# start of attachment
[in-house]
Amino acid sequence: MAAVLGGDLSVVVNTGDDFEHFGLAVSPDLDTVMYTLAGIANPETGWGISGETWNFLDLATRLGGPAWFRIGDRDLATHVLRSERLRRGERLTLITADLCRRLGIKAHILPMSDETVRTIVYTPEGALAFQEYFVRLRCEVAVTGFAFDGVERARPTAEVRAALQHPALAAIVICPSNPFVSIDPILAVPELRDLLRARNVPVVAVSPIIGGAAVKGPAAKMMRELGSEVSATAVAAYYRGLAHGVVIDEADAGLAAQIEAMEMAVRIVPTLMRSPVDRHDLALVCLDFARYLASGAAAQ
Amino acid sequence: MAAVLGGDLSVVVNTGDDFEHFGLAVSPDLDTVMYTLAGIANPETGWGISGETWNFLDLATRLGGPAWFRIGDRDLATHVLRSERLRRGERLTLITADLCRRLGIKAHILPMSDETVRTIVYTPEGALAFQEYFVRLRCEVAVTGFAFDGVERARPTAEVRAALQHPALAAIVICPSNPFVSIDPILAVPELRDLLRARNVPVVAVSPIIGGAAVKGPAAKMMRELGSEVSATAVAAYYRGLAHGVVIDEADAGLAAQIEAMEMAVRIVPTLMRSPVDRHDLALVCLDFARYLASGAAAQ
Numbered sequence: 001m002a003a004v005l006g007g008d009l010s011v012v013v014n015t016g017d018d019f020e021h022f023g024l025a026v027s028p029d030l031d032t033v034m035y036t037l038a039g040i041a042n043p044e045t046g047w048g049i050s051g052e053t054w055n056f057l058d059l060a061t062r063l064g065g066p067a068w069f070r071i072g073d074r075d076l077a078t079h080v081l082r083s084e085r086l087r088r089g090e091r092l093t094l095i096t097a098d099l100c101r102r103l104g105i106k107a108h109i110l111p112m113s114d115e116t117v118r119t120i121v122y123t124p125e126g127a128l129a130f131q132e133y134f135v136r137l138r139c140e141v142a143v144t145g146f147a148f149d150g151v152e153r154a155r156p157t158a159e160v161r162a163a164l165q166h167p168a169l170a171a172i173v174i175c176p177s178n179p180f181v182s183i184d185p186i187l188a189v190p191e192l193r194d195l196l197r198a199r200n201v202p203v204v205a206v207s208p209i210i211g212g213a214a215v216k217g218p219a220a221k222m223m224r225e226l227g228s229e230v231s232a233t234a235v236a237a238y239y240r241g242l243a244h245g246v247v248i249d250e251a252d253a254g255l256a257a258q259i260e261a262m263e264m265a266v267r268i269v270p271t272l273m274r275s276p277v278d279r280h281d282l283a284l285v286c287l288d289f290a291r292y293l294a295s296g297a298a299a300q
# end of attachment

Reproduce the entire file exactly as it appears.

[in-house]
Amino acid sequence: MAAVLGGDLSVVVNTGDDFEHFGLAVSPDLDTVMYTLAGIANPETGWGISGETWNFLDLATRLGGPAWFRIGDRDLATHVLRSERLRRGERLTLITADLCRRLGIKAHILPMSDETVRTIVYTPEGALAFQEYFVRLRCEVAVTGFAFDGVERARPTAEVRAALQHPALAAIVICPSNPFVSIDPILAVPELRDLLRARNVPVVAVSPIIGGAAVKGPAAKMMRELGSEVSATAVAAYYRGLAHGVVIDEADAGLAAQIEAMEMAVRIVPTLMRSPVDRHDLALVCLDFARYLASGAAAQ
Amino acid sequence: MAAVLGGDLSVVVNTGDDFEHFGLAVSPDLDTVMYTLAGIANPETGWGISGETWNFLDLATRLGGPAWFRIGDRDLATHVLRSERLRRGERLTLITADLCRRLGIKAHILPMSDETVRTIVYTPEGALAFQEYFVRLRCEVAVTGFAFDGVERARPTAEVRAALQHPALAAIVICPSNPFVSIDPILAVPELRDLLRARNVPVVAVSPIIGGAAVKGPAAKMMRELGSEVSATAVAAYYRGLAHGVVIDEADAGLAAQIEAMEMAVRIVPTLMRSPVDRHDLALVCLDFARYLASGAAAQ
Numbered sequence: 001m002a003a004v005l006g007g008d009l010s011v012v013v014n015t016g017d018d019f020e021h022f023g024l025a026v027s028p029d030l031d032t033v034m035y036t037l038a039g040i041a042n043p044e045t046g047w048g049i050s051g052e053t054w055n056f057l058d059l060a061t062r063l064g065g066p067a068w069f070r071i072g073d074r075d076l077a078t079h080v081l082r083s084e085r086l087r088r089g090e091r092l093t094l095i096t097a098d099l100c101r102r103l104g105i106k107a108h109i110l111p112m113s114d115e116t117v118r119t120i121v122y123t124p125e126g127a128l129a130f131q132e133y134f135v136r137l138r139c140e141v142a143v144t145g146f147a148f149d150g151v152e153r154a155r156p157t158a159e160v161r162a163a164l165q166h167p168a169l170a171a172i173v174i175c176p177s178n179p180f181v182s183i184d185p186i187l188a189v190p191e192l193r194d195l196l197r198a199r200n201v202p203v204v205a206v207s208p209i210i211g212g213a214a215v216k217g218p219a220a221k222m223m224r225e226l227g228s229e230v231s232a233t234a235v236a237a238y239y240r241g242l243a244h245g246v247v248i249d250e251a252d253a254g255l256a257a258q259i260e261a262m263e264m265a266v267r268i269v270p271t272l273m274r275s276p277v278d279r280h281d282l283a284l285v286c287l288d289f290a291r292y293l294a295s296g297a298a299a300q